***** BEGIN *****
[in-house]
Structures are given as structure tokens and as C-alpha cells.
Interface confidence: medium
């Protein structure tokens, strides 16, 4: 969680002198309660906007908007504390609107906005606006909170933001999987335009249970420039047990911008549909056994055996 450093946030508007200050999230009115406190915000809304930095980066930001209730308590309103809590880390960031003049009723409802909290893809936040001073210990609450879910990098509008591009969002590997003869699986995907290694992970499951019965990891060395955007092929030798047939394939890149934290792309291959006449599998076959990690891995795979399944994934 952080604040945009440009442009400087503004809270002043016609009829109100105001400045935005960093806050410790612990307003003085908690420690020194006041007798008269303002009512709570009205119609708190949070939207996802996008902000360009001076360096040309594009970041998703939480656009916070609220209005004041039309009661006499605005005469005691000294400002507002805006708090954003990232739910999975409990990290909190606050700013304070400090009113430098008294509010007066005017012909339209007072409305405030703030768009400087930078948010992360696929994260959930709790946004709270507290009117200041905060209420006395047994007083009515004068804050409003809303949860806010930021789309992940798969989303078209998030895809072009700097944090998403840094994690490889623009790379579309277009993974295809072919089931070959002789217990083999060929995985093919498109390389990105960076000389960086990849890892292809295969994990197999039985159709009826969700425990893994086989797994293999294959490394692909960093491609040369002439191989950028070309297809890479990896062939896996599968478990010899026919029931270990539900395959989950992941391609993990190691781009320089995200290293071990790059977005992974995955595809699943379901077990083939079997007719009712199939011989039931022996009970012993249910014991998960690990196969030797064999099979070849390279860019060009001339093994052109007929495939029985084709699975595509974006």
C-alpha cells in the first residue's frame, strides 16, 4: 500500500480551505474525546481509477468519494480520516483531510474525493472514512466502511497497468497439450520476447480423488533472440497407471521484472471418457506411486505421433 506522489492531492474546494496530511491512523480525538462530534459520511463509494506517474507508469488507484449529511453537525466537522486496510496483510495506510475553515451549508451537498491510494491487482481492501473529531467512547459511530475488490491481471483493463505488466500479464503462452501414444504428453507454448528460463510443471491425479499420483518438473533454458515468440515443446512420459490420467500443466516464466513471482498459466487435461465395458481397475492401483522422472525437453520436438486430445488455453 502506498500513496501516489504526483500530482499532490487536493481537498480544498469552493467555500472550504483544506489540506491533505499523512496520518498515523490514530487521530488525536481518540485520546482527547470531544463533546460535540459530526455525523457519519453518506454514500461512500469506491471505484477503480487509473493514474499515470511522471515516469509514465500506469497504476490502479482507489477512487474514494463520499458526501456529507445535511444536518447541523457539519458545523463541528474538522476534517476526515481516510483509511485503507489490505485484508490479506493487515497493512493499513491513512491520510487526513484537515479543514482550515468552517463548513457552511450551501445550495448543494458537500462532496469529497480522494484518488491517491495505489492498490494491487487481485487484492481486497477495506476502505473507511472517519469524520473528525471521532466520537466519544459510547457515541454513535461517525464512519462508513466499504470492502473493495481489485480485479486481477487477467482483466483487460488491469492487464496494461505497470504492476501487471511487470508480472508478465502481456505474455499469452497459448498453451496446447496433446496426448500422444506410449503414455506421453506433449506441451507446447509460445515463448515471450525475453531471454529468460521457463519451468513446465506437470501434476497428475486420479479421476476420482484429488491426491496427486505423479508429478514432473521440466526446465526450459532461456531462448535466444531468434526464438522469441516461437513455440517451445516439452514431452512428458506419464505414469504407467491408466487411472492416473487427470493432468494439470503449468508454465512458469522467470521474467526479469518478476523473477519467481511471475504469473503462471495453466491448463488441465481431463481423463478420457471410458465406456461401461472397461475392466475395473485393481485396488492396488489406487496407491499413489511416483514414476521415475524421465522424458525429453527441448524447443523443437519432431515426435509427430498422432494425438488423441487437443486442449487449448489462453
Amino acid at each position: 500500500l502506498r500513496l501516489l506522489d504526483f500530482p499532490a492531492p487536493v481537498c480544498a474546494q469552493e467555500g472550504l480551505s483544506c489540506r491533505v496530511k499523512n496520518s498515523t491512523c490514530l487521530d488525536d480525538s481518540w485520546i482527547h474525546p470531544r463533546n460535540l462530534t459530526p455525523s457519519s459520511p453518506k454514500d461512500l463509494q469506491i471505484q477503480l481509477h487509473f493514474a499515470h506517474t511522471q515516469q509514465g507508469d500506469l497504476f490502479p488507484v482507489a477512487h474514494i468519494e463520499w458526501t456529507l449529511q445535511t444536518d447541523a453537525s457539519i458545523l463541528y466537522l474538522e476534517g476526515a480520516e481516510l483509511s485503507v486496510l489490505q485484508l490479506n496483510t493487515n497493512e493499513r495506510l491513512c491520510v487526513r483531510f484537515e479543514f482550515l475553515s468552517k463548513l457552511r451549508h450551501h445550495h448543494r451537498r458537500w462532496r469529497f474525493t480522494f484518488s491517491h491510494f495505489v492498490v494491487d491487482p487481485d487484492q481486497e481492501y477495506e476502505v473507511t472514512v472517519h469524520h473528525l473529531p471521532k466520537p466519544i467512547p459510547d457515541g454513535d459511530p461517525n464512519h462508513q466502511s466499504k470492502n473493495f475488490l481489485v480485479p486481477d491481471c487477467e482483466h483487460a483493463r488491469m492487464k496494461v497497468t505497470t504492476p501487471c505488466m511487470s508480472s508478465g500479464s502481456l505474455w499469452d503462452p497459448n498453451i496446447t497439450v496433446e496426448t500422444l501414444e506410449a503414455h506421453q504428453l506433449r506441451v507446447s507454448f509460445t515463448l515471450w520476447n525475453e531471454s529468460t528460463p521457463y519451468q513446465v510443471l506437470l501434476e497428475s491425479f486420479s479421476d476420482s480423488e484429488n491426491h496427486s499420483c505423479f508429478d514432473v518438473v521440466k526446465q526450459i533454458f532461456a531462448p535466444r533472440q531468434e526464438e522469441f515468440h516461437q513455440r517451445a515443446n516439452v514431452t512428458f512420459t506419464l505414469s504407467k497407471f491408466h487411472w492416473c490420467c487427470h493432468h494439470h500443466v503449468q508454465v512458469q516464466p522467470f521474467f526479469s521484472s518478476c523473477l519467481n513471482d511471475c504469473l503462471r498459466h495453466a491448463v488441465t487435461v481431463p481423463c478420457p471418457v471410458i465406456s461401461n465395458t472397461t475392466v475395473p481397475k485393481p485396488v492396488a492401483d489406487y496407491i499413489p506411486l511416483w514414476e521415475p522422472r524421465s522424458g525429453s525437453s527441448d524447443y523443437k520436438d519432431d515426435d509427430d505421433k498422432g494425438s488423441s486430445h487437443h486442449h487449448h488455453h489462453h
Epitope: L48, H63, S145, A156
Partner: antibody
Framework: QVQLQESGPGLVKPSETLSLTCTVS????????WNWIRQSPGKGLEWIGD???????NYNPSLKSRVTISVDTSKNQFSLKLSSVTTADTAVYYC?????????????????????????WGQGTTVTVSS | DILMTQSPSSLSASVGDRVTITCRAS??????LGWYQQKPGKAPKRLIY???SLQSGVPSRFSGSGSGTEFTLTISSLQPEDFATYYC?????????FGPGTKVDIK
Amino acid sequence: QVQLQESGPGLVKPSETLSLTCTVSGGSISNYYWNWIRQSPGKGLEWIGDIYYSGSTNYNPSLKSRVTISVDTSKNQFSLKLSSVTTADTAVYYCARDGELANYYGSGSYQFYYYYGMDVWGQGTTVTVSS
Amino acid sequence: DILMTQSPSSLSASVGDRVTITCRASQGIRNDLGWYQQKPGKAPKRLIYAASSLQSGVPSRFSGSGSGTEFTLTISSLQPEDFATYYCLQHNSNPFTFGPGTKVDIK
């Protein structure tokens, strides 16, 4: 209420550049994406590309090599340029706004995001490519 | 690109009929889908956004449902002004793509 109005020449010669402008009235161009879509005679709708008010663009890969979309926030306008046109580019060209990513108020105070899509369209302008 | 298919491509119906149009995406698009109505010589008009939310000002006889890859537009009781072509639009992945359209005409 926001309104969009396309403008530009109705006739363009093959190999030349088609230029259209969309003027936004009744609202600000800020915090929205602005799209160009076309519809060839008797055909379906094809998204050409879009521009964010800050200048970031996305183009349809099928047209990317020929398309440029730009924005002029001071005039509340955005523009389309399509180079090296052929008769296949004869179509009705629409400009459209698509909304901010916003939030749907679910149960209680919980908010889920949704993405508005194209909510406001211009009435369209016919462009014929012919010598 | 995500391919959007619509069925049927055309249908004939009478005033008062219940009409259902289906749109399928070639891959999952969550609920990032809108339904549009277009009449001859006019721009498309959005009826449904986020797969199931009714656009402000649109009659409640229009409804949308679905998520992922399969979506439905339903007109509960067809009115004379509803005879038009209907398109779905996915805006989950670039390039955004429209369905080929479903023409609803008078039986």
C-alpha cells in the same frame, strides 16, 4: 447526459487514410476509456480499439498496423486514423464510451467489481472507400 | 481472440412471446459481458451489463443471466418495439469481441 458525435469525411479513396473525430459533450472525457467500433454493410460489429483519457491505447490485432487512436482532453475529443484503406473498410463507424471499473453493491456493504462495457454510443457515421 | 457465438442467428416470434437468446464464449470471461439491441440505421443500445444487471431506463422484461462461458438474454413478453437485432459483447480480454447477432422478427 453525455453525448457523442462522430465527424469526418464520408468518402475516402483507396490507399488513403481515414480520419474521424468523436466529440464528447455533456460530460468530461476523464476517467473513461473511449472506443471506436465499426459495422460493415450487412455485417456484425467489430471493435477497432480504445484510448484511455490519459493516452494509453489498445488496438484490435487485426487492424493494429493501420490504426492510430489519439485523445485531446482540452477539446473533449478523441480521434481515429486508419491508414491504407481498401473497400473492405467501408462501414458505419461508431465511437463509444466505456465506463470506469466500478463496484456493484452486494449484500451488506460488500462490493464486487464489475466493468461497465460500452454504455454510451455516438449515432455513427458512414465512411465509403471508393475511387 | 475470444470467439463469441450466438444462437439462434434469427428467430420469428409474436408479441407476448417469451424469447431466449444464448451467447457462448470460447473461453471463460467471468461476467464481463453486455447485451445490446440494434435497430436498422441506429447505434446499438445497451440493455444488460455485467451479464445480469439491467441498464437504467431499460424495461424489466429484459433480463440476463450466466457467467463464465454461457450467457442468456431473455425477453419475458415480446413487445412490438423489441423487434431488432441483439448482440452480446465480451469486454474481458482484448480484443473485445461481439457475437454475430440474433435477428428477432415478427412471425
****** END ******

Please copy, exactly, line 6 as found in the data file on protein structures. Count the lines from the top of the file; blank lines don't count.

Amino acid at each position: 500500500l502506498r500513496l501516489l506522489d504526483f500530482p499532490a492531492p487536493v481537498c480544498a474546494q469552493e467555500g472550504l480551505s483544506c489540506r491533505v496530511k499523512n496520518s498515523t491512523c490514530l487521530d488525536d480525538s481518540w485520546i482527547h474525546p470531544r463533546n460535540l462530534t459530526p455525523s457519519s459520511p453518506k454514500d461512500l463509494q469506491i471505484q477503480l481509477h487509473f493514474a499515470h506517474t511522471q515516469q509514465g507508469d500506469l497504476f490502479p488507484v482507489a477512487h474514494i468519494e463520499w458526501t456529507l449529511q445535511t444536518d447541523a453537525s457539519i458545523l463541528y466537522l474538522e476534517g476526515a480520516e481516510l483509511s485503507v486496510l489490505q485484508l490479506n496483510t493487515n497493512e493499513r495506510l491513512c491520510v487526513r483531510f484537515e479543514f482550515l475553515s468552517k463548513l457552511r451549508h450551501h445550495h448543494r451537498r458537500w462532496r469529497f474525493t480522494f484518488s491517491h491510494f495505489v492498490v494491487d491487482p487481485d487484492q481486497e481492501y477495506e476502505v473507511t472514512v472517519h469524520h473528525l473529531p471521532k466520537p466519544i467512547p459510547d457515541g454513535d459511530p461517525n464512519h462508513q466502511s466499504k470492502n473493495f475488490l481489485v480485479p486481477d491481471c487477467e482483466h483487460a483493463r488491469m492487464k496494461v497497468t505497470t504492476p501487471c505488466m511487470s508480472s508478465g500479464s502481456l505474455w499469452d503462452p497459448n498453451i496446447t497439450v496433446e496426448t500422444l501414444e506410449a503414455h506421453q504428453l506433449r506441451v507446447s507454448f509460445t515463448l515471450w520476447n525475453e531471454s529468460t528460463p521457463y519451468q513446465v510443471l506437470l501434476e497428475s491425479f486420479s479421476d476420482s480423488e484429488n491426491h496427486s499420483c505423479f508429478d514432473v518438473v521440466k526446465q526450459i533454458f532461456a531462448p535466444r533472440q531468434e526464438e522469441f515468440h516461437q513455440r517451445a515443446n516439452v514431452t512428458f512420459t506419464l505414469s504407467k497407471f491408466h487411472w492416473c490420467c487427470h493432468h494439470h500443466v503449468q508454465v512458469q516464466p522467470f521474467f526479469s521484472s518478476c523473477l519467481n513471482d511471475c504469473l503462471r498459466h495453466a491448463v488441465t487435461v481431463p481423463c478420457p471418457v471410458i465406456s461401461n465395458t472397461t475392466v475395473p481397475k485393481p485396488v492396488a492401483d489406487y496407491i499413489p506411486l511416483w514414476e521415475p522422472r524421465s522424458g525429453s525437453s527441448d524447443y523443437k520436438d519432431d515426435d509427430d505421433k498422432g494425438s488423441s486430445h487437443h486442449h487449448h488455453h489462453h